Given the cost and importance of healthcare coverage, most of us are carefully reviewing our current plans and what will work best for us in 2016. Health Savings Accounts (HSAs) play a critical role in managing healthcare dollars wisely, including multiple tax benefits and long-term investment opportunities. Many HSA participants choose to contribute as much as possible to their accounts, in order to take advantage of all the possible upsides, and in order to do so, they need to know how much they can legally put into their account.
The IRS has provided information on the inflation-adjusted limits of HSA contributions that can be made in 2016, including:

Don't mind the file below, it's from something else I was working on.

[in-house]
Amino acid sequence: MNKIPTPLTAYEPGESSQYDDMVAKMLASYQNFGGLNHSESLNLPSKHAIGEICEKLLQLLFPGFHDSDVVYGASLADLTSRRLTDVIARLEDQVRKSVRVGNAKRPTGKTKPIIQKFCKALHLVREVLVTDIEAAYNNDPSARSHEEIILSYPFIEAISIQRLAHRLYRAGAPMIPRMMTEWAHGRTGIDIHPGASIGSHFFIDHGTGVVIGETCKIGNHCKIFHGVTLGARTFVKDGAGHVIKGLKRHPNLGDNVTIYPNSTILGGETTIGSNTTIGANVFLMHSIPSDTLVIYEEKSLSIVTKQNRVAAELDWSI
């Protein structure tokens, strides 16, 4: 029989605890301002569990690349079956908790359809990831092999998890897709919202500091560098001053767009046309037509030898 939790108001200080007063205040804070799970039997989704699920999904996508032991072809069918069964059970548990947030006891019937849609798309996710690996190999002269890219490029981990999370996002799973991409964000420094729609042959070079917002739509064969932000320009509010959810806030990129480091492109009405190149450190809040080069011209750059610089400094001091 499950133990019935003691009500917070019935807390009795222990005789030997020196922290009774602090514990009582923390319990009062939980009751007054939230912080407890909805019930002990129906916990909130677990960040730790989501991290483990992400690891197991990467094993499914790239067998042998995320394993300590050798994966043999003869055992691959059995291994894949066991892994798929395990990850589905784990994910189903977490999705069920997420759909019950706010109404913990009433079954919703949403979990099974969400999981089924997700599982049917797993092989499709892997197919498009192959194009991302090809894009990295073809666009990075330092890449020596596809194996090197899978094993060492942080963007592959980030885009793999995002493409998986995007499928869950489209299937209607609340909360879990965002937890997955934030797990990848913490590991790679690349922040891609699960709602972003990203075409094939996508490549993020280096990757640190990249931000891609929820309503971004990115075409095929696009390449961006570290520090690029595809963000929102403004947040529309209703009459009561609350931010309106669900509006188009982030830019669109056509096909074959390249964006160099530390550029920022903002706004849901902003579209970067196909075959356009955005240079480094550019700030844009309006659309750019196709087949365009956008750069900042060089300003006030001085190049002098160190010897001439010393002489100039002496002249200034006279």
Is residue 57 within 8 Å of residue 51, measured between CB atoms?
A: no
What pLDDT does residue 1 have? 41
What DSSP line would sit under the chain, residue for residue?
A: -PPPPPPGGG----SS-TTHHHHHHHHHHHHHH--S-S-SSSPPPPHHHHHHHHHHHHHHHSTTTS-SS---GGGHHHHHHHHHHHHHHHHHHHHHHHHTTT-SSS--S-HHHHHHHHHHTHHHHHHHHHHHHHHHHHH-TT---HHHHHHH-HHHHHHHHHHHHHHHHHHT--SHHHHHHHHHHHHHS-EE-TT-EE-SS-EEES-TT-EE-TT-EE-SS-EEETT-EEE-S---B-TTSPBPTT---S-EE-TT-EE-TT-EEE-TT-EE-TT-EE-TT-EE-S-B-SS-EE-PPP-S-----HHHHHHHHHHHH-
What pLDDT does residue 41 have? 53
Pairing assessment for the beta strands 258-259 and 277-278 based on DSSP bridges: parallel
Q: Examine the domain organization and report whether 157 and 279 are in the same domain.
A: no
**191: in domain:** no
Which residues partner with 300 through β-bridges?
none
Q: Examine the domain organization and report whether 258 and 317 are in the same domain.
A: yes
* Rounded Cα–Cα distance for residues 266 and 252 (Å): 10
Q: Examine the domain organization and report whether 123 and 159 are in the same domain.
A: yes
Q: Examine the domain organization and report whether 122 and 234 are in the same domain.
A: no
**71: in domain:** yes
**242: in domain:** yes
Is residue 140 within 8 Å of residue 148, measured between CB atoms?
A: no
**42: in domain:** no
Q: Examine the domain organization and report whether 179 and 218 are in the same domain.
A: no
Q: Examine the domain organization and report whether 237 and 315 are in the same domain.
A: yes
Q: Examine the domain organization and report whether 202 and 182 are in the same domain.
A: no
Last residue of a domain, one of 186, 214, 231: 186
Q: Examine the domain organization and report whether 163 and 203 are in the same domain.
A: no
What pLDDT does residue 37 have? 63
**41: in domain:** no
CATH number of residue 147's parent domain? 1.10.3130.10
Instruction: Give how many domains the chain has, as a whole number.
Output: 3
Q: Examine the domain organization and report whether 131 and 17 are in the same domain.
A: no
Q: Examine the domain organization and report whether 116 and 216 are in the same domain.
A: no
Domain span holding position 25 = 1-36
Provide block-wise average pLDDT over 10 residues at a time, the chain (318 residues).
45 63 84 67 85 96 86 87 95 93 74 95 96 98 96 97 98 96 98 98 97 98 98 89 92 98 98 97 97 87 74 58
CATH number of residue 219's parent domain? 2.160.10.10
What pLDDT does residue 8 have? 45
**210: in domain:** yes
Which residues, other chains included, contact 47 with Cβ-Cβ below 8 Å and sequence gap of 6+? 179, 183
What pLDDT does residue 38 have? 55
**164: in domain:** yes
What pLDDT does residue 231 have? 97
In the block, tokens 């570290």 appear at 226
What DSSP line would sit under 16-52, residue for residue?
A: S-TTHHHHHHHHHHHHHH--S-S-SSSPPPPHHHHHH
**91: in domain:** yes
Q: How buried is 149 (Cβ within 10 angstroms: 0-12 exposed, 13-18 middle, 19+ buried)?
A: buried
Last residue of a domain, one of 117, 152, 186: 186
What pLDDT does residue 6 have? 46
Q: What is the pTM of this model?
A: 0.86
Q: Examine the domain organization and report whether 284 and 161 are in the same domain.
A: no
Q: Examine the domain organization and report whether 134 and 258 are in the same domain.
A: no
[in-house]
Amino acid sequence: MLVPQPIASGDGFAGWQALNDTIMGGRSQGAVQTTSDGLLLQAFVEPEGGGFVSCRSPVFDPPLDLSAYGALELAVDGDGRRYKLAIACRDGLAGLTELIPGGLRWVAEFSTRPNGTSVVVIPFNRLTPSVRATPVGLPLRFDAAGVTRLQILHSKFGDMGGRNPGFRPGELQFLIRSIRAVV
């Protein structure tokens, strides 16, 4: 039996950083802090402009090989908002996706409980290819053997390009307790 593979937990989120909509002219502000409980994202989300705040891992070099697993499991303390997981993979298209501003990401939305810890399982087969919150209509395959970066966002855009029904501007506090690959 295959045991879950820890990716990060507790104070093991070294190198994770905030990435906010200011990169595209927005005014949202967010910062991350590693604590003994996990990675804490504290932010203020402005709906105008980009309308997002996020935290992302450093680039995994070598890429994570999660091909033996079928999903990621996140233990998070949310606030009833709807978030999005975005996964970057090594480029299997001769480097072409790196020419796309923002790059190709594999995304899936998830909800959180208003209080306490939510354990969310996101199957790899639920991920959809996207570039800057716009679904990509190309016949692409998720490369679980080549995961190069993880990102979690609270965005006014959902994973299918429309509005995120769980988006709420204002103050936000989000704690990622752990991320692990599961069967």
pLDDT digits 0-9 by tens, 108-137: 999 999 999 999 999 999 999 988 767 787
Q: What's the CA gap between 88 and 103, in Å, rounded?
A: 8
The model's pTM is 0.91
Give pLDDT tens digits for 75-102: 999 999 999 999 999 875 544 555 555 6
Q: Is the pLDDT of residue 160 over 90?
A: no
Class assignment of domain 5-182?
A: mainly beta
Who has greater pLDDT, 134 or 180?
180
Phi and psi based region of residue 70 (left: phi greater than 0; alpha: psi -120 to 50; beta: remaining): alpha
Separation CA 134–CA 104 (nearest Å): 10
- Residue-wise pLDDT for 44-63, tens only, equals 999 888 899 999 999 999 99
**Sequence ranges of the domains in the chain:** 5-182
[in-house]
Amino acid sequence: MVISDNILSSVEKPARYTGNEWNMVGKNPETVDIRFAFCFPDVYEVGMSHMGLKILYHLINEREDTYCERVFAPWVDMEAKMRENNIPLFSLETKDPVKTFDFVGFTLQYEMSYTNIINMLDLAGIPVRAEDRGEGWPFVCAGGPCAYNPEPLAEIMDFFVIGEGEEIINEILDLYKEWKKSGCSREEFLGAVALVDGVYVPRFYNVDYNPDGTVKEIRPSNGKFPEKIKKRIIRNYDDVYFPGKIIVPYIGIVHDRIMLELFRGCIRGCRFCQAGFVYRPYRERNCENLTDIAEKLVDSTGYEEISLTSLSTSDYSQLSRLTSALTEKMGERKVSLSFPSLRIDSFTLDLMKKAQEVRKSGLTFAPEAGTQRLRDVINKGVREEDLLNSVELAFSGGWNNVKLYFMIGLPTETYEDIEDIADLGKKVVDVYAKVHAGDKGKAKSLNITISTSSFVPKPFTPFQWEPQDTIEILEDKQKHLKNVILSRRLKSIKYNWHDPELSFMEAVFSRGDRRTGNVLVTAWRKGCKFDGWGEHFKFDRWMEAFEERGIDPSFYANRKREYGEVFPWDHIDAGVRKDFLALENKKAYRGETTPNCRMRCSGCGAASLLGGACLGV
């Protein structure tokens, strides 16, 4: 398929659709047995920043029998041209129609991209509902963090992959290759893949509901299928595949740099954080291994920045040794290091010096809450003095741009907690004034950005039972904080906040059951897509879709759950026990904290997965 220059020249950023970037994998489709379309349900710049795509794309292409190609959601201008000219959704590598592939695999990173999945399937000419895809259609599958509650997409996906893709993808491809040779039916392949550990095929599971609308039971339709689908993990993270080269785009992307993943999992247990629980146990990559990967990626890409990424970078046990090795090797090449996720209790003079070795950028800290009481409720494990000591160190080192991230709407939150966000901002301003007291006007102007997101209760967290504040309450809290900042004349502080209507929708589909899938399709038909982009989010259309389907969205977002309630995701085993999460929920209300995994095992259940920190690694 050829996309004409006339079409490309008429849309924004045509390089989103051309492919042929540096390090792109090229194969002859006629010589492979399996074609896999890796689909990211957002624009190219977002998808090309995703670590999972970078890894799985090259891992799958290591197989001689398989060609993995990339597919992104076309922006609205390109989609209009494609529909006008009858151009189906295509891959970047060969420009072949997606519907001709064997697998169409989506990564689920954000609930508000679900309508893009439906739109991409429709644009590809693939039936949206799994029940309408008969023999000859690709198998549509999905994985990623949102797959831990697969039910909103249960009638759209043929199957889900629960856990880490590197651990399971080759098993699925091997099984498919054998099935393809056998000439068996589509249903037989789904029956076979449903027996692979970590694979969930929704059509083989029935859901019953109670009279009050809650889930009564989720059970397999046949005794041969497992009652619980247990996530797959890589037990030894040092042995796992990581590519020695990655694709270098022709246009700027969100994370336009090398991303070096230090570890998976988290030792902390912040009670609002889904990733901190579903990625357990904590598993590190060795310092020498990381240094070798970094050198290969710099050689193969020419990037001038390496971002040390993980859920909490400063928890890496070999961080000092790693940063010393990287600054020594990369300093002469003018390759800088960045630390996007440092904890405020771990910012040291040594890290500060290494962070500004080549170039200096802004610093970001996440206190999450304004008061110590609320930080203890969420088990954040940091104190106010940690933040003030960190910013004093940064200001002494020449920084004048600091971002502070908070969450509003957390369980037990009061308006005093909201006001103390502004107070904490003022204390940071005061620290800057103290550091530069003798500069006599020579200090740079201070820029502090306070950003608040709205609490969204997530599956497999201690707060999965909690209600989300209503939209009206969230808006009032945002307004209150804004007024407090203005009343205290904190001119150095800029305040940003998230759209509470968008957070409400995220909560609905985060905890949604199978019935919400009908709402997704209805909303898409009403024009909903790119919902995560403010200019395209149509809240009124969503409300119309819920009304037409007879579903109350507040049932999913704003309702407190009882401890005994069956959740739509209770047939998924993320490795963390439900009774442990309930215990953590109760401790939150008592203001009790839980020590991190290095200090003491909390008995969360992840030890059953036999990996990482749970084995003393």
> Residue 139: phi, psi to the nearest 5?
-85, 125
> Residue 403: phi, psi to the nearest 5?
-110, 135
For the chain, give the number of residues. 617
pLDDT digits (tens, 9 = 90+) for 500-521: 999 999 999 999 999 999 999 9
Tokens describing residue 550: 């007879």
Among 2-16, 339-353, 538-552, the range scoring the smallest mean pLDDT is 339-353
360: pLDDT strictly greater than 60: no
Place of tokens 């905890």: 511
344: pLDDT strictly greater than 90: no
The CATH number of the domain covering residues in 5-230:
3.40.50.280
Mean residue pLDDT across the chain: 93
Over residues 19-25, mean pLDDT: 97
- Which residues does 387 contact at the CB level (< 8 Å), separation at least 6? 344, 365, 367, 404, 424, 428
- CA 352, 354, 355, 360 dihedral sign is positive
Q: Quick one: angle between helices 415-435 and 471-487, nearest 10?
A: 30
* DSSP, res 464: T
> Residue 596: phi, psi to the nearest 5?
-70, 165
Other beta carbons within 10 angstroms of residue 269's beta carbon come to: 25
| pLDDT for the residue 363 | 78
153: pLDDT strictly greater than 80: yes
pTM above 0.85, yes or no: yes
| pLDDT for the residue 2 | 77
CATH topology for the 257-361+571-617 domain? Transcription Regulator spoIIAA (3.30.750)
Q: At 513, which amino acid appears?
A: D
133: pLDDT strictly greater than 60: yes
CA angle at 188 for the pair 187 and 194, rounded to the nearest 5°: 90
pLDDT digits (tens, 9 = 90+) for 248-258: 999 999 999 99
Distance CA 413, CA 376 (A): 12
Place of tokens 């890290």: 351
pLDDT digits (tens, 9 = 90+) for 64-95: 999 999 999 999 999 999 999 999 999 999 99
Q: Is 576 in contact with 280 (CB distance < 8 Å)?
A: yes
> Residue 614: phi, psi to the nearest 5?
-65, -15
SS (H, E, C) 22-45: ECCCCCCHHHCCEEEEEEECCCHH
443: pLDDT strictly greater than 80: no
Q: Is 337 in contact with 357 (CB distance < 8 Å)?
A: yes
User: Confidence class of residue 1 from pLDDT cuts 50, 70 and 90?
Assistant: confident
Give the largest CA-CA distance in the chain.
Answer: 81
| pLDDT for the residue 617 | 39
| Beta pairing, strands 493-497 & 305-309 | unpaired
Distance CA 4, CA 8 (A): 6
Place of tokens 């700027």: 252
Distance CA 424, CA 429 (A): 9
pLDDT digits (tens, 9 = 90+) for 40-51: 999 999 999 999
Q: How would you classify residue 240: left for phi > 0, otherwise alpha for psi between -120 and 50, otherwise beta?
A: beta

• Maximum HSA contribution limit
• Minimum deductible amount for high deductible health plans (HDHPs)
• Maximum out-of-pocket expense limit for HDHPs
HSA Contribution Limits for 2016 are $3,350 for Individuals (same as 2015) and $6,750 for families (up $100 from 2015). Minimum HDHP deductible amounts qualifying for HSAs have not changed from 2015: a) $1,300 for individuals and b) $2,600 for families. Out-of-pocket expense limits on HDHPs for individuals have increased by $100, to $6,550, and for families, they have increased by $200, to $13,100.
And good news for those who are 55 or older: the $1,000 catch-up contribution is available to you also. This means you can make an additional $1,000 contribution to your HSA account. This applies to anyone turning 55 or older during the plan year.